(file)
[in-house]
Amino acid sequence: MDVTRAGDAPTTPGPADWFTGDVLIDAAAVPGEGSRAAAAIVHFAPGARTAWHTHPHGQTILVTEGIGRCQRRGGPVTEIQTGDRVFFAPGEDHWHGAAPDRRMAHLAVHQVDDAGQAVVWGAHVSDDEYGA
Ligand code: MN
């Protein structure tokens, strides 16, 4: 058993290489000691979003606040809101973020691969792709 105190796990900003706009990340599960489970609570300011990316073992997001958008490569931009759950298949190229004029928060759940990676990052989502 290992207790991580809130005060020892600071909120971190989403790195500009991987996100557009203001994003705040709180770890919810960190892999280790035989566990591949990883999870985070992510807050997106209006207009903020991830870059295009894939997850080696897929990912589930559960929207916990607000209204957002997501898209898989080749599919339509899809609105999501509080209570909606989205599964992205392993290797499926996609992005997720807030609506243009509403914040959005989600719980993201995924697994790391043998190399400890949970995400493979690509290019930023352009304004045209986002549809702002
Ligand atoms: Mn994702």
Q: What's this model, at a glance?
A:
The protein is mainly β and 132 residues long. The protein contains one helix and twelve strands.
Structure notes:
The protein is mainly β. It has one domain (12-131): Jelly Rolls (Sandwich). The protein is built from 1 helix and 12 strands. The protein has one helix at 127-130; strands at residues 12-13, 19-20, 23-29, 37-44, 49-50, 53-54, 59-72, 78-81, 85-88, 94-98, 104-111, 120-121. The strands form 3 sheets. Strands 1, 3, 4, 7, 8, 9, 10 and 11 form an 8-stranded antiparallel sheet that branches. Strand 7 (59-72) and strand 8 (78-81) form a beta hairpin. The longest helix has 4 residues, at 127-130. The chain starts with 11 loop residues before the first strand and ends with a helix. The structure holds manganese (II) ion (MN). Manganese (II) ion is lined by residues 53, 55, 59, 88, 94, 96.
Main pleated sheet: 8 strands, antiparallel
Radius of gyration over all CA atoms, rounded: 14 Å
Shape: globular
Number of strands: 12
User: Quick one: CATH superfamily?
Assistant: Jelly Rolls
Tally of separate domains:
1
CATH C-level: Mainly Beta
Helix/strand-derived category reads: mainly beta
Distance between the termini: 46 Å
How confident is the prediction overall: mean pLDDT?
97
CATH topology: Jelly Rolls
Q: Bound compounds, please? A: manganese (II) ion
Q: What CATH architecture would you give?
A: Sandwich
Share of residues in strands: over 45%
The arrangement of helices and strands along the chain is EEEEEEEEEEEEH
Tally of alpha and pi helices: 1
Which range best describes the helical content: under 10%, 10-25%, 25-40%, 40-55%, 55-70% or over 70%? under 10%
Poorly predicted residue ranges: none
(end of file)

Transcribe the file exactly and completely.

[in-house]
Amino acid sequence: MDVTRAGDAPTTPGPADWFTGDVLIDAAAVPGEGSRAAAAIVHFAPGARTAWHTHPHGQTILVTEGIGRCQRRGGPVTEIQTGDRVFFAPGEDHWHGAAPDRRMAHLAVHQVDDAGQAVVWGAHVSDDEYGA
Ligand code: MN
């Protein structure tokens, strides 16, 4: 058993290489000691979003606040809101973020691969792709 105190796990900003706009990340599960489970609570300011990316073992997001958008490569931009759950298949190229004029928060759940990676990052989502 290992207790991580809130005060020892600071909120971190989403790195500009991987996100557009203001994003705040709180770890919810960190892999280790035989566990591949990883999870985070992510807050997106209006207009903020991830870059295009894939997850080696897929990912589930559960929207916990607000209204957002997501898209898989080749599919339509899809609105999501509080209570909606989205599964992205392993290797499926996609992005997720807030609506243009509403914040959005989600719980993201995924697994790391043998190399400890949970995400493979690509290019930023352009304004045209986002549809702002
Ligand atoms: Mn994702």
Q: What's this model, at a glance?
A:
The protein is mainly β and 132 residues long. The protein contains one helix and twelve strands.
Structure notes:
The protein is mainly β. It has one domain (12-131): Jelly Rolls (Sandwich). The protein is built from 1 helix and 12 strands. The protein has one helix at 127-130; strands at residues 12-13, 19-20, 23-29, 37-44, 49-50, 53-54, 59-72, 78-81, 85-88, 94-98, 104-111, 120-121. The strands form 3 sheets. Strands 1, 3, 4, 7, 8, 9, 10 and 11 form an 8-stranded antiparallel sheet that branches. Strand 7 (59-72) and strand 8 (78-81) form a beta hairpin. The longest helix has 4 residues, at 127-130. The chain starts with 11 loop residues before the first strand and ends with a helix. The structure holds manganese (II) ion (MN). Manganese (II) ion is lined by residues 53, 55, 59, 88, 94, 96.
Main pleated sheet: 8 strands, antiparallel
Radius of gyration over all CA atoms, rounded: 14 Å
Shape: globular
Number of strands: 12
User: Quick one: CATH superfamily?
Assistant: Jelly Rolls
Tally of separate domains:
1
CATH C-level: Mainly Beta
Helix/strand-derived category reads: mainly beta
Distance between the termini: 46 Å
How confident is the prediction overall: mean pLDDT?
97
CATH topology: Jelly Rolls
Q: Bound compounds, please? A: manganese (II) ion
Q: What CATH architecture would you give?
A: Sandwich
Share of residues in strands: over 45%
The arrangement of helices and strands along the chain is EEEEEEEEEEEEH
Tally of alpha and pi helices: 1
Which range best describes the helical content: under 10%, 10-25%, 25-40%, 40-55%, 55-70% or over 70%? under 10%
Poorly predicted residue ranges: none